About a month ago, this article created quite a bit of buzz on a Facebook group page. It focused on a Letter to the Editor of Total Women’s Cycling about the amount of pink bike clothing marketed to women.
In various discussions, we ended up talking about stereotypes and women bikers in general. “Why is everything pink?” “Shrink it and pink it!”
According to my friend Sparky, a lot of male riders put women into two categories: the “shredder” girl who hangs with the dudes, talks like a dude, etc and the “girly girl” who won’t try to ride anything hard, who whines and complains, and who is always scared. But honestly, most of the women I’ve ridden with fall somewhere in the middle.
We’re not all the same, obviously, and so the ideas below really only speak for me. I can’t pretend to know what all other women bikers think, but I can at least share some insights from myself and a few of my friends.
1. Most of us aren’t thinking about make-up and hairspray on the trail.
We’re grunting and wiping our noses with gloves, just like you. We “farmer blow” when the need arises and will definitely use our shirts to wipe dirt, sweat, and blood off of our faces.
We even post sweaty after-ride photos. Helmets, helmet-hair… we don’t care!
2. We (usually) just want to do it ourselves.
We’ll get our bikes down off the car, carry them up the Horsethief Bench portage, and put them back on the car at the end of the ride. It’s nice of you to offer, but please don’t be offended when we say through gritted teeth, “I can do it myself.” (This is all completely negated if the woman in your life is clearly giving you the “if-you-don’t-get-down-here-and-help-me-I-might-die” look.)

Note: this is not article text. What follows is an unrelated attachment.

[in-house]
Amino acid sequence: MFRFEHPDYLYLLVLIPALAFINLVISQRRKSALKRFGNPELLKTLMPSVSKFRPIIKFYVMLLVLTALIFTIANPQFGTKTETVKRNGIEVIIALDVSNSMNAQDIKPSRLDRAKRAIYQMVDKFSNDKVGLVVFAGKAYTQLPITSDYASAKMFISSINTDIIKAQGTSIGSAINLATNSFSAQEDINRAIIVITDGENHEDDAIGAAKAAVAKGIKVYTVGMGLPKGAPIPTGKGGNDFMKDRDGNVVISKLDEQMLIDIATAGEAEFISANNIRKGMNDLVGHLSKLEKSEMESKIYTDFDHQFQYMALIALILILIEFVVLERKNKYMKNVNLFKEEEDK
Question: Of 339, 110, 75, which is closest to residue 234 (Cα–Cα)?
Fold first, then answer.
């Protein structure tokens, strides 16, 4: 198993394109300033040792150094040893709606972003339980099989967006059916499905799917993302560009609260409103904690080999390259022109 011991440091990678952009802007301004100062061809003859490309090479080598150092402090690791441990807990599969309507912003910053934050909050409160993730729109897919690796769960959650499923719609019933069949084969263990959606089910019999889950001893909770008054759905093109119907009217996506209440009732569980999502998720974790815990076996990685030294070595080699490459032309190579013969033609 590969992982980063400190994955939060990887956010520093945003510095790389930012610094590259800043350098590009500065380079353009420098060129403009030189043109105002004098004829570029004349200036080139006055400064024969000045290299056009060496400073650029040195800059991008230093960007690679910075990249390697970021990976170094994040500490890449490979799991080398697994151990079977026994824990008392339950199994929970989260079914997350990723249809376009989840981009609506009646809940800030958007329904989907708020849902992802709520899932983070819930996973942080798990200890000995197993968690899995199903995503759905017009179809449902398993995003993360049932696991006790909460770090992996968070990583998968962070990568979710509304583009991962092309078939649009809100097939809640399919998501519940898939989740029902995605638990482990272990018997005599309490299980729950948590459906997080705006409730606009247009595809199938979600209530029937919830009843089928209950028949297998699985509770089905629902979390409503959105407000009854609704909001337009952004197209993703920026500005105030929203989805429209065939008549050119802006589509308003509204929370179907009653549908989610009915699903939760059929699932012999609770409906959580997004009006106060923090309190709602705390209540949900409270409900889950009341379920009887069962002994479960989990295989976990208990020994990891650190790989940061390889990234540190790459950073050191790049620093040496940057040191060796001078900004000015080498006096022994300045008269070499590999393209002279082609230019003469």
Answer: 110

3. You don’t need to compliment us when we drop the easiest ledge at Lunch Loop.
Seriously. If you wouldn’t compliment a guy for doing it, don’t compliment us for doing it. If you’re a significant other and it’s the first time we’ve ever ridden something, then yeah! That’s cause for celebration! But I’ve had random strangers say, “Nice job!” when I ride up over a rock that didn’t require any sort of skill at all. Really?
4. Looks can be deceiving.
Just because a woman wears a bike skirt doesn’t mean she’s a sissy or a wimp. My friend Adelle can out-bike some guys all day long on the trails… in a bike skirt. With no pads. That being said, yes, we do like to wear colorful gear. It doesn’t have to be pink, but don’t be surprised if you see socks with flowers, or bright teal jerseys.
5. We know crashing is part of the game.
And we’re ok with that. We don’t mind trying something new, even if it means we might crash. Certainly we don’t look forward to crashing, and we really don’t like to crash, but we want to get better and ride more just like you do. So we’ll do it: we’ll crash and we’ll get back up and try again. Sometimes we even reenact our crashes: